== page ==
Pubdate: Mon, 09 Sep 2013
Source: Standard-Examiner (UT)
Copyright: 2013 Ogden Publishing Corporation
Author: Antone Clark


WEST JORDAN - A Utah mother whose 11-year-old son has severe epilepsy 
is helping to launch a legislative initiative to legalize a liquid 
form of medical marijuana in the Beehive state, which may put a new 
face on the issue.

The face will be of children who could potentially be helped by a 
strain of the drug, not of unkempt potheads who roll their own weed.

Jennifer May, of Pleasant Grove, believes a hybrid form of cannabis 
offers hope to patients, such as her son, who suffer from Dravet 
syndrome, which can trigger hundreds of seizures a day for its 
victims and limit the life expectancy to 18 years or fewer. Her 
family currently spends more than $75,000 a year on medication in an 
effort to provide some relief and hope for their child in dealing 
with his epilepsy.

Annette Maughan, president of the Epilepsy Association of Utah, said 
there are at least 30 families in the Beehive state that would be 
affected dramatically by access to the drug. There are more than 
100,000 Utahns overall who have epilepsy, she said.

Currently, a form of medical marijuana is legal in 18 states. Under 
Utah law, possession of one ounce of marijuana can carry a sentence 
of up to a year in jail.

Maughan and May said the legislation they hope will run in the next 
legislative session will be crafted so narrowly, it may offend groups 
who want the drug legalized for recreational use. They envision the 
drug being available from only two pharmacies, with very tight 
parameters on who could potentially access it. They have declined to 
say who will sponsor the legislation, but remain convinced that, with 
education, the issue will move forward and can be approved in the next session.

Maughan said two of the key ingredients in the cannabis plant - 
marijuana is a slang word used to describe the plant - are CBD, which 
has medicinal value, and THC, which is the psychoactive ingredient. 
Recreational marijuana has five or six parts THC for every half part 
of CBD. The liquid form used for Dravet patients in Colorado has 15 
parts CBD and one part THC.

"You could go to the high school and get better weed than this drug 
we're using," May said.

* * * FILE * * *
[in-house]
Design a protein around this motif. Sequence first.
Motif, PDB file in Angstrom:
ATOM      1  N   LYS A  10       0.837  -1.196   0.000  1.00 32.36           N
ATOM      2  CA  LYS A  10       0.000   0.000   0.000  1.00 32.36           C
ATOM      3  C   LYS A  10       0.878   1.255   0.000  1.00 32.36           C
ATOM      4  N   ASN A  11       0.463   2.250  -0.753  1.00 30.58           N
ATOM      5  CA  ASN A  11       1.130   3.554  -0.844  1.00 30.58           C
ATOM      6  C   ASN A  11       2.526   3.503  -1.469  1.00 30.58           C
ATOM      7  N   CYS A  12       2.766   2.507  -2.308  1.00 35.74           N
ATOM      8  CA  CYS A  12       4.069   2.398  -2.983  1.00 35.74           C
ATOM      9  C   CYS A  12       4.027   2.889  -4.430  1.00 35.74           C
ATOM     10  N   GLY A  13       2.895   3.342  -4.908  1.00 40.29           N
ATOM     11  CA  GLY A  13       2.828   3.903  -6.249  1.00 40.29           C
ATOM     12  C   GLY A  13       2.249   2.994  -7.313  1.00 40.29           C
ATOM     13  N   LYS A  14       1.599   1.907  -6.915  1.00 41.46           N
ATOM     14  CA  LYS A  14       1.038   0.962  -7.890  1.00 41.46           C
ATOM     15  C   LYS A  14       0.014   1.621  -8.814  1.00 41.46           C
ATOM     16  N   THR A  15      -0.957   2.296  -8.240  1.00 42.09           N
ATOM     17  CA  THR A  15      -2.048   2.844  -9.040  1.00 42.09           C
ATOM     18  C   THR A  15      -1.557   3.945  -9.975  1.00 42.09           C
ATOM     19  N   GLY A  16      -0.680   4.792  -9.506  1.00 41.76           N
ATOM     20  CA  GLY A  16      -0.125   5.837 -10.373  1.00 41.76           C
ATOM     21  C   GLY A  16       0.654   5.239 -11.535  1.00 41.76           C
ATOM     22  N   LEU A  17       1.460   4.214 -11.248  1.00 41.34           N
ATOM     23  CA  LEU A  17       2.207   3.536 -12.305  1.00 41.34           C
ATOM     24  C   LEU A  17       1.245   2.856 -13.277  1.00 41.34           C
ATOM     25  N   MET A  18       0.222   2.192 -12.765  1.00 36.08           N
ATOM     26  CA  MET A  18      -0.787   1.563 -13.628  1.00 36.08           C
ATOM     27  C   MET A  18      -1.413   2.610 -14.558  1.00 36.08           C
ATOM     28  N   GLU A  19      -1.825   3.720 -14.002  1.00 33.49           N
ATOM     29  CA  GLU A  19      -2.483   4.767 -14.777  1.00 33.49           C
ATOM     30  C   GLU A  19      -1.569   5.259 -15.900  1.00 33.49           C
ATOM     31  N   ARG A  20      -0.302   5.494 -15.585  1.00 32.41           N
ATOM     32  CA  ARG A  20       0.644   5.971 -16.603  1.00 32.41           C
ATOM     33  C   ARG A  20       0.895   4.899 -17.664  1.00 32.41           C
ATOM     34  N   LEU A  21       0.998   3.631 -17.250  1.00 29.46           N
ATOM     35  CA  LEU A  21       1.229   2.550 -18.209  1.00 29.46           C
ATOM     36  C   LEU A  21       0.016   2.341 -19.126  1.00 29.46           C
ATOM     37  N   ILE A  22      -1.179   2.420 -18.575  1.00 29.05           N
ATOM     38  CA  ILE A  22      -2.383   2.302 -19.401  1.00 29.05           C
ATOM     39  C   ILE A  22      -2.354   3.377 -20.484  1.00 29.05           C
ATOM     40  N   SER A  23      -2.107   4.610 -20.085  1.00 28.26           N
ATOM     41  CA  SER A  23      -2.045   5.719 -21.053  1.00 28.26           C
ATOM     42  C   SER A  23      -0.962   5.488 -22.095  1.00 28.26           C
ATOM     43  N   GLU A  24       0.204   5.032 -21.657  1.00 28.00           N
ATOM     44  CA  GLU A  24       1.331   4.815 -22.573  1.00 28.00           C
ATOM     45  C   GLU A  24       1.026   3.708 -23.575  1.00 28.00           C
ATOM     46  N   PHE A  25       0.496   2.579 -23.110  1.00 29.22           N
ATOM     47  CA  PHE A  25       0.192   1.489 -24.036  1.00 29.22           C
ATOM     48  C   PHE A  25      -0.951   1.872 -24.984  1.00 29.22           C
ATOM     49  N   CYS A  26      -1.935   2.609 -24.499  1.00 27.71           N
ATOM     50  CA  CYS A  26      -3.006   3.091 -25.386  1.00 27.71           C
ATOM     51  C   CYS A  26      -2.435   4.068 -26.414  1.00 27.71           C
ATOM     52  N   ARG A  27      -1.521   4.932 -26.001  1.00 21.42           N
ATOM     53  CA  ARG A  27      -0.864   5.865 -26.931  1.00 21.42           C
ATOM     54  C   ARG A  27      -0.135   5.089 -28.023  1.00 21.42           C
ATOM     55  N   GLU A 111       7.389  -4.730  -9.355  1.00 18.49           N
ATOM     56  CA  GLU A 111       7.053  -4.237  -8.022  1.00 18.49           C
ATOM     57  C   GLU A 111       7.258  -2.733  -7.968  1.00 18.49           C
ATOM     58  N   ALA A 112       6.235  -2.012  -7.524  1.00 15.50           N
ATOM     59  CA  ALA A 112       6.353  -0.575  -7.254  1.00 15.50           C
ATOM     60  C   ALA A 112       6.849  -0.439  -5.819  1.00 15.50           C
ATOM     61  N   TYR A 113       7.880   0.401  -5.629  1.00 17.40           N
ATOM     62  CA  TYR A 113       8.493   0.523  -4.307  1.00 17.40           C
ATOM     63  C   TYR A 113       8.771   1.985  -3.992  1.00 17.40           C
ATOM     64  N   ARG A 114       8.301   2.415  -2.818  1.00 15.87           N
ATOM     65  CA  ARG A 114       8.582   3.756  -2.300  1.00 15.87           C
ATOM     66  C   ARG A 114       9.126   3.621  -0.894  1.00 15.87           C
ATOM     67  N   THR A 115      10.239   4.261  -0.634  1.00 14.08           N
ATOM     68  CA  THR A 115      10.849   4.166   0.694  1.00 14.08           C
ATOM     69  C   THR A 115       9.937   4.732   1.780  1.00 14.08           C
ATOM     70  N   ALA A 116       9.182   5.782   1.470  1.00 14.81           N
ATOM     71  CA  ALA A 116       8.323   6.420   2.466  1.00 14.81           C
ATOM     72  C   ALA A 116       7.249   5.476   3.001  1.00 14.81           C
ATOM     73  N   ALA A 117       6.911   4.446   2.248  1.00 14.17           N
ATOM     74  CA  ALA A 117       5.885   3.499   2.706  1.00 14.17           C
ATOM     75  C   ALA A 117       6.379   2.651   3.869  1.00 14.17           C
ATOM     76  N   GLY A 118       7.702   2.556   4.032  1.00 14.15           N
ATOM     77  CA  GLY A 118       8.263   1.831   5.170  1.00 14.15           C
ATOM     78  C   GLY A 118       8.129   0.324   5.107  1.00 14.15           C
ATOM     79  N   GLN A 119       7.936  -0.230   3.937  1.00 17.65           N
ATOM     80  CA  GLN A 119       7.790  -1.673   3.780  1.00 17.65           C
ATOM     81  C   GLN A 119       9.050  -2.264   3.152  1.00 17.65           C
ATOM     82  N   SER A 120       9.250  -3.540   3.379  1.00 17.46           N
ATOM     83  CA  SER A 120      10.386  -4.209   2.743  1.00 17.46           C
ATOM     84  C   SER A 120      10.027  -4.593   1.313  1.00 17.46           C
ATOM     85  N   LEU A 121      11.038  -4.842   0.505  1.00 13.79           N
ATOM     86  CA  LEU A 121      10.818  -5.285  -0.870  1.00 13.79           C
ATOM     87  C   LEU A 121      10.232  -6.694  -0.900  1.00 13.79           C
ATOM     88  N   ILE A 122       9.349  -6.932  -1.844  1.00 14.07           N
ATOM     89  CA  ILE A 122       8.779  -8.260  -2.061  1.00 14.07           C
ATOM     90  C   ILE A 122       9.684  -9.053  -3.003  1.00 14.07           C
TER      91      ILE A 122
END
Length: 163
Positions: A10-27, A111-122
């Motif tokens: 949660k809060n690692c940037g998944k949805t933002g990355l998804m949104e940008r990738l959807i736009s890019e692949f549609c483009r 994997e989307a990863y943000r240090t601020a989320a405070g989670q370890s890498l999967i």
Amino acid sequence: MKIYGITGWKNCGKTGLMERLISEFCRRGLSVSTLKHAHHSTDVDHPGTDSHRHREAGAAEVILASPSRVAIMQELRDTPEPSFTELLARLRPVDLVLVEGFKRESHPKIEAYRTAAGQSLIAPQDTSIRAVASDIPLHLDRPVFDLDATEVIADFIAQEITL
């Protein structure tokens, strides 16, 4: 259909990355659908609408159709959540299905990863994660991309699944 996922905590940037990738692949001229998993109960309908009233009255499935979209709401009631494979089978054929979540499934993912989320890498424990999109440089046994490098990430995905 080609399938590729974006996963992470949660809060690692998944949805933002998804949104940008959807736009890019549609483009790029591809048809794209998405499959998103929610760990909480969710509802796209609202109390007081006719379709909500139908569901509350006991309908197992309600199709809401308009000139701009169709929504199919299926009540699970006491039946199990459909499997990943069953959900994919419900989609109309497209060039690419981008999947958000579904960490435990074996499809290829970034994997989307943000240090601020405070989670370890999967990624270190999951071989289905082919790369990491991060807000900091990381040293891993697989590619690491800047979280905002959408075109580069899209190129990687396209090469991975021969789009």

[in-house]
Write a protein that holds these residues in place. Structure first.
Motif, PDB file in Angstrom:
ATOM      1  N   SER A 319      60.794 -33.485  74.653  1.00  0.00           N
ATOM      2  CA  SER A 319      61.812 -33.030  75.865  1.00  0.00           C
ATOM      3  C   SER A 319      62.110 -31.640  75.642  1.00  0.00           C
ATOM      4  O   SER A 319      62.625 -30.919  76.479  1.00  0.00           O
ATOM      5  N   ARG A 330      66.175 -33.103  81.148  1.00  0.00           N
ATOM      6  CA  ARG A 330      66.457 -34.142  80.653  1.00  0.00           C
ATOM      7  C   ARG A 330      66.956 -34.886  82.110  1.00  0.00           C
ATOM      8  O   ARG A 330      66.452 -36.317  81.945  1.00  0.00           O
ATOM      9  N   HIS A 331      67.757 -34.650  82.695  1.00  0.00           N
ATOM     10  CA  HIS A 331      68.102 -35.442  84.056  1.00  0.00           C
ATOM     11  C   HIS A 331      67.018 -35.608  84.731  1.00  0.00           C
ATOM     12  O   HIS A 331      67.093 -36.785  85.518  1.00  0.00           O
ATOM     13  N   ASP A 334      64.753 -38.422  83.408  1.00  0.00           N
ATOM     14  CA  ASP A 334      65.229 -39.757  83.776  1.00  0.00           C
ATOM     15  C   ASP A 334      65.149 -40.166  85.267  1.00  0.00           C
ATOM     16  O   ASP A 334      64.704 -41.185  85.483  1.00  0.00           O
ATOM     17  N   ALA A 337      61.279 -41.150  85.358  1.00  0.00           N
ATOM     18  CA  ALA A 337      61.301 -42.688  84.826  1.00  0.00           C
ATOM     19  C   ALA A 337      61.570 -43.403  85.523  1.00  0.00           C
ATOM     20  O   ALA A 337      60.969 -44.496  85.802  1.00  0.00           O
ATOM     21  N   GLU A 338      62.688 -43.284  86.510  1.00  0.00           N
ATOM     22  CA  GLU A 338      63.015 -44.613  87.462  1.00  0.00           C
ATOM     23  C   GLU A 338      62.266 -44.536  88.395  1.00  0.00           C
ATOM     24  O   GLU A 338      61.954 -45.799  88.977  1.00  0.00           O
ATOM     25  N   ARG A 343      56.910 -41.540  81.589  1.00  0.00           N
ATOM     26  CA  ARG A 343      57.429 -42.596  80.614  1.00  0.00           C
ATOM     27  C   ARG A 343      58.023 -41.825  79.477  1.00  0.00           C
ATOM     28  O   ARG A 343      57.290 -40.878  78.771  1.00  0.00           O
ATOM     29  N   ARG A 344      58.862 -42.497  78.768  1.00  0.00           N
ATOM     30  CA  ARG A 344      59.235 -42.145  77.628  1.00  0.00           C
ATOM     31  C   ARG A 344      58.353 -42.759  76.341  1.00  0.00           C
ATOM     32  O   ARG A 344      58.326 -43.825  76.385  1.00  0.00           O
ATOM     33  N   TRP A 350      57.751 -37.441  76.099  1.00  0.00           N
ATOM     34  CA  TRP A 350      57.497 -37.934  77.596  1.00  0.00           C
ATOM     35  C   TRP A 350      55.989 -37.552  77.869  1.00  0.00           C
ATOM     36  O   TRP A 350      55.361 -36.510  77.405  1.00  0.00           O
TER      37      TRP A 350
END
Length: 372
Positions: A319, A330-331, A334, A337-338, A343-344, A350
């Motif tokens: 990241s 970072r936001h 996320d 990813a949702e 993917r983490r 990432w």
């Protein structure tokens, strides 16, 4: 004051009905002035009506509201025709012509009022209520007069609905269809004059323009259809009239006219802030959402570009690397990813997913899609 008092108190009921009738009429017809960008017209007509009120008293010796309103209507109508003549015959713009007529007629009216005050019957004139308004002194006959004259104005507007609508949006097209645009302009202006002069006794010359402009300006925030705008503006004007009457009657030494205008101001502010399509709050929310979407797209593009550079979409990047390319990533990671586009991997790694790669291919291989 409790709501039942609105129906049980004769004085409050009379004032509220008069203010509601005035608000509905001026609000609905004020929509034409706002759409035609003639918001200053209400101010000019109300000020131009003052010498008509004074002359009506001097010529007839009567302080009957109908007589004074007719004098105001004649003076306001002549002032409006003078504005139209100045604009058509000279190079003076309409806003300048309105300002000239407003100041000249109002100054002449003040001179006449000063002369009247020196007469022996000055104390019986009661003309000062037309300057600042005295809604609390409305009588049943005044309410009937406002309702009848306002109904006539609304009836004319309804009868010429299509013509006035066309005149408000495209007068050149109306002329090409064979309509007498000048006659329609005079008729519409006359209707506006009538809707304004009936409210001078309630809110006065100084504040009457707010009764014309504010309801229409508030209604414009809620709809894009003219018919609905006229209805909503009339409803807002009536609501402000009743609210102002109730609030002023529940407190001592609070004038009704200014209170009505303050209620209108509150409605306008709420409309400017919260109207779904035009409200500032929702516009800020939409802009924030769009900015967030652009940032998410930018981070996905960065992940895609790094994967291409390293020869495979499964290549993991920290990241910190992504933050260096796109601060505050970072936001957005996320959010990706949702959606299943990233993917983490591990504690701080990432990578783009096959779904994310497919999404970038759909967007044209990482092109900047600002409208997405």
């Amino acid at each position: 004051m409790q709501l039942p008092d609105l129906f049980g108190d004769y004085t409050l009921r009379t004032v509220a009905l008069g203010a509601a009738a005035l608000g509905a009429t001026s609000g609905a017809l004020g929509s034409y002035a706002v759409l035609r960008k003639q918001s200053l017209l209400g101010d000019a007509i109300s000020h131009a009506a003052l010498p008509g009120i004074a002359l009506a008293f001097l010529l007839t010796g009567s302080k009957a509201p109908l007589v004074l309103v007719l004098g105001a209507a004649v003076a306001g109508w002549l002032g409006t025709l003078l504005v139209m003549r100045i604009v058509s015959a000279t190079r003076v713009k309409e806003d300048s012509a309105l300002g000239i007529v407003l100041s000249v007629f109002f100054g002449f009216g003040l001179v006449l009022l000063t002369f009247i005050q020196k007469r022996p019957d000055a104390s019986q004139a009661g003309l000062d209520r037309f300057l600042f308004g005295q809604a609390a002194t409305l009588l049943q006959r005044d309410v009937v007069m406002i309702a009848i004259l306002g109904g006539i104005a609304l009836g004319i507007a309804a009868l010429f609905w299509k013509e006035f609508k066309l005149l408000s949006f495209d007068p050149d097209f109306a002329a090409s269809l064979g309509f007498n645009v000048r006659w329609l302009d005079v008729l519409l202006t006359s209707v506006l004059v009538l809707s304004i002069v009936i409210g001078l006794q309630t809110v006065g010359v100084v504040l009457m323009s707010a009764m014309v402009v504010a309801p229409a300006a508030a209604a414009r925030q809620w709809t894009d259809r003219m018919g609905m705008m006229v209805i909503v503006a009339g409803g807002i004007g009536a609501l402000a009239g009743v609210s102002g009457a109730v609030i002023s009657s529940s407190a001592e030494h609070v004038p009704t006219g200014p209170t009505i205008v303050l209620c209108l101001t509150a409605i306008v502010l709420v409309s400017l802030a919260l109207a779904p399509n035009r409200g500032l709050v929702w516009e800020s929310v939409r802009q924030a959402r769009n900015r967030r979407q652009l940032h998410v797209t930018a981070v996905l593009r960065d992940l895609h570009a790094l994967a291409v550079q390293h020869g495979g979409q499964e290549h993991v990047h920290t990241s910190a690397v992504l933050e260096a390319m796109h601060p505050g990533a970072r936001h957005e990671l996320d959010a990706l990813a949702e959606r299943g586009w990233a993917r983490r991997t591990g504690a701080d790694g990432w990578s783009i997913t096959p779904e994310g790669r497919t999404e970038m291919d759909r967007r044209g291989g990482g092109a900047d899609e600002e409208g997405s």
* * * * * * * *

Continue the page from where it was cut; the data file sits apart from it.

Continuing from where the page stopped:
The unique derivative of cannabis May and Maughan want epilepsy 
patients to have access to is only available from one organization, 
Realm of Caring, based in Colorado Springs, Colo. Maughan said the 
unique plants can't be grown from seed; they have to be cloned from 
other plants.

"It's the most promising medication we've heard of. It has the least 
negative side effects. It's not a miracle drug, but it has hope," May said.

Known as "Charlotte's Web," the drug helped one Colorado girl who was 
experiencing 300 seizures a week - and not walking, talking or eating 
- - transition to a life where she now has one seizure a week and is 
beginning to learn to ride a bike and live life more fully, May said.

May and Maughan recognize the issue in front of them in trying to 
legalize any form of marijuana. They say they have targeted lawmakers 
who will be the hardest on the issue, to approach first. Maughan said 
they will systematically approach legislators in an effort to pick up 
momentum for the issue.

"It's a snowball once you get the true word out there," she said.

She said most neurologists they have contacted as part of their 
efforts are also on board, because they have heard of Charlotte's Web 
from Colorado.

Maughan said the Epilepsy Association doesn't have years to invest in 
trying to get the drug legalized.

"If it does take years, our children will be gone," she said. 
Regarding eventual passage, she said, "It will happen."

"Right now all we care about is our kids and this one medication. The 
point is people will always say, 'I had no idea you could use 
cannabis and not be high,'" May said. "This is not a fun drug, it's 
just a medicine."

May said the issue of persuading lawmakers in a red state to consider 
a form of medical marijuana is not as daunting as it sounds.

"We quite frankly aren't concerned," she said. "It's just a matter of 
contacting them and working with them."
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MAP posted-by: Jay Bergstrom